Maybe Borneo

Pura López-Colomé

                                                          ...follow me and I will be your guide
                                         and lead you from here through an eternal place....

                                                                    —Dante, The Inferno, Canto I

From the nacre of any name
that starts a list to specify
one among others of a kind,
an unfathomable
tunnel opens
and a glimpse
of some equidistant equivalence.
—Not congruence.

I say
anthurium or narcissus
and so light up some ridiculously
pink-colored flower
or one with petals fringing
an endless depth;
a thicket,
and out of it comes
The Golden Age
when a forest could be
baptized beneficent.
Something says to me in secret:
if you would chant a litany
to that chaotic orchard of your childhood,
the caimito, nance, zaramullo, and chinalima trees,
it would all arboresce inside you.


None of this crossed your mind
when you fell together with the Indonesian prince.

The unnamable
held you
at a distance, in reverence.

He went looking for his daughter
who was, like himself or his ancestors,
a native of those landscapes
and knew them so well
she could never get lost
within, along, above, near, beside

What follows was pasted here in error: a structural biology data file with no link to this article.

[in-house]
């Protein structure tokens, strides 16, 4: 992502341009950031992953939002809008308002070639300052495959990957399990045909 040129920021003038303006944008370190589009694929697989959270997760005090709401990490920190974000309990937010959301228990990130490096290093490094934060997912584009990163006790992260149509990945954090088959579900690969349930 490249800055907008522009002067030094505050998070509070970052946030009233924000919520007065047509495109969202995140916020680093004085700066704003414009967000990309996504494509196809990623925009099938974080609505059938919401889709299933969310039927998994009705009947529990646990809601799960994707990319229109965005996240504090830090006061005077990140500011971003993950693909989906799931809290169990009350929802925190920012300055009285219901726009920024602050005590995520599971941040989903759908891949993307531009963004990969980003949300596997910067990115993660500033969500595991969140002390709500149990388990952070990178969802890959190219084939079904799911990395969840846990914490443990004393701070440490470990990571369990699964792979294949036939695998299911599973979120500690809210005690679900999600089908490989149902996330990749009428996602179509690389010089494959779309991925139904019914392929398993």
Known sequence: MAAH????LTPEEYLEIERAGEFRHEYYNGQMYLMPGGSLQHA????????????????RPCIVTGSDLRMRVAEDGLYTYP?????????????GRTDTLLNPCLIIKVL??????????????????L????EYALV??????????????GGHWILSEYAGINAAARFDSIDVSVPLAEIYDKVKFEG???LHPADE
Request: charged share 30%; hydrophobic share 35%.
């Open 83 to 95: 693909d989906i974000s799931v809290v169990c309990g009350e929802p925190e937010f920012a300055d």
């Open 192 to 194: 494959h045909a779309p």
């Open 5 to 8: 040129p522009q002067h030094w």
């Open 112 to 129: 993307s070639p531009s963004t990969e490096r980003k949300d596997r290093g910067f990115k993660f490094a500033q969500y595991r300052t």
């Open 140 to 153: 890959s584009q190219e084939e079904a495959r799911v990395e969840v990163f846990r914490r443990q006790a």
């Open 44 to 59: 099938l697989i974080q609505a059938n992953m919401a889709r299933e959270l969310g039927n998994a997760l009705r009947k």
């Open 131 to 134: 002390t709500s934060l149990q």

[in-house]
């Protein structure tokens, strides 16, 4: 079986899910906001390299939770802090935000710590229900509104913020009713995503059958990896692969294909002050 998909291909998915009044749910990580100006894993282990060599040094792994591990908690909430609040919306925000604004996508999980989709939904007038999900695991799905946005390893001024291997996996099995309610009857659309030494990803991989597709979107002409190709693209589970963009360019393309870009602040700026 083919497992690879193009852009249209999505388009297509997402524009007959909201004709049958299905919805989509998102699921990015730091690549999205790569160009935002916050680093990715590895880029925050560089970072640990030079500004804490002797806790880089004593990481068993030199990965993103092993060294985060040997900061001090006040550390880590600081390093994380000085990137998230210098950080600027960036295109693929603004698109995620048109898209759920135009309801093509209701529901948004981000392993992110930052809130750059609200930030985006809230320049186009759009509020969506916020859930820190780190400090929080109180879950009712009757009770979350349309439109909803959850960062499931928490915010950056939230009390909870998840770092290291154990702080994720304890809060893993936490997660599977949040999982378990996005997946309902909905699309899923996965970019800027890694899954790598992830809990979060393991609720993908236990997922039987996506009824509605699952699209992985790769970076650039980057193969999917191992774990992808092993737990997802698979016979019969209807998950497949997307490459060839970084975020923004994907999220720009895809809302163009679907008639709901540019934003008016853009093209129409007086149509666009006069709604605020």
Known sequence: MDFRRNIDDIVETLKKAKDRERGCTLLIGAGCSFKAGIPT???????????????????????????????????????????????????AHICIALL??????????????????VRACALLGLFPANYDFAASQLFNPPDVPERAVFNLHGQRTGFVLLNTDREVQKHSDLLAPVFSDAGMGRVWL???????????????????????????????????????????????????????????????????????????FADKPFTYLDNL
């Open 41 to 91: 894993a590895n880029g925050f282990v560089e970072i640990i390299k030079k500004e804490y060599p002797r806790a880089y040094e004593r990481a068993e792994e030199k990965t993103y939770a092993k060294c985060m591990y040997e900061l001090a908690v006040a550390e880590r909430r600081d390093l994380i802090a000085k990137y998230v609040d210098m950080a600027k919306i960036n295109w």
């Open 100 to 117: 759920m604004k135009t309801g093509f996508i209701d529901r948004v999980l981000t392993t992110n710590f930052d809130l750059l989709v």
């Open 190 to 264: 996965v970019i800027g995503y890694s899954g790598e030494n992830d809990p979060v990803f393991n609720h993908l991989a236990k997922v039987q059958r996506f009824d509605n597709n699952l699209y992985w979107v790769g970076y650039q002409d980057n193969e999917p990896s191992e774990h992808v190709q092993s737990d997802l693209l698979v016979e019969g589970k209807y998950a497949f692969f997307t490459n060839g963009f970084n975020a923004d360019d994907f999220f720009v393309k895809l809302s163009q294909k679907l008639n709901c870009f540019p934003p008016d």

those springs and whirlpools
familiar as the palm of her hand.

His life,
his filial bond to that territory,
held you
at a distance.  But not too far.
Not so far that
you couldn't hear
within the wind
the bestial bellow
of a soul
that had lost everything.

The man
the monarch
the father sobbed
before a child's corpse
on the riverbank.
And none of that undergrowth, undergrowth, undergrowth
could muffle his grief:

the names concealed
by sullen weeds
began to twirl
to the beat of a torrential,
cadenced rain,
lifting into the air as prayers,
as a seamless body,
a dirge
rising toward the north pole
or to wintry Antarctica,
seeping into the thousands of ways
to designate, in the here and now,
one color of white against another:
the color of virgin snow
and the color of snow frozen for months.
—a superlative albescence—,
the precise color of ice,
everything as much itself as the sweltering green
on the far side, the southern frontier,
that intense green, green of plants or malachite,
moss on stones, on the cliff,
brambles or heavy thickets,
what difference does it make,
and the color that denotes, connotes, notes
a fading away, a falling off, an endless
diminishment of shades and hues
little by little
satiating the nothingness
so later it might
flare up yellow or orange,
fiery as fruit
from New Zealand
or from some unimagined Borneo
in the Malayan latitudes
just a shout
away.  A vivid tearing apart.

Water of every kind.
From rushing, sylvan streams
to melting icebergs.
The same story.
The same tears
of rapture,
of being wrung out completely,
from top to bottom,
and left desiccated and then
persevering in the dirt,
recognizing the blood of my blood
right up into madness
or its equidistant equivalence.

From verb to verb
from forest to forest
from pole to pole
from thou to thou ...
In the Ngaju tongue,
it's understood,
or being known,
goes without saying.

A vague, indefinite pain
held you
on this globe
one foot in each hemisphere.
As absurd as it is human.
As human as it is divine.
As humbling as it is eternal.

translated from the Spanish by Forrest Gander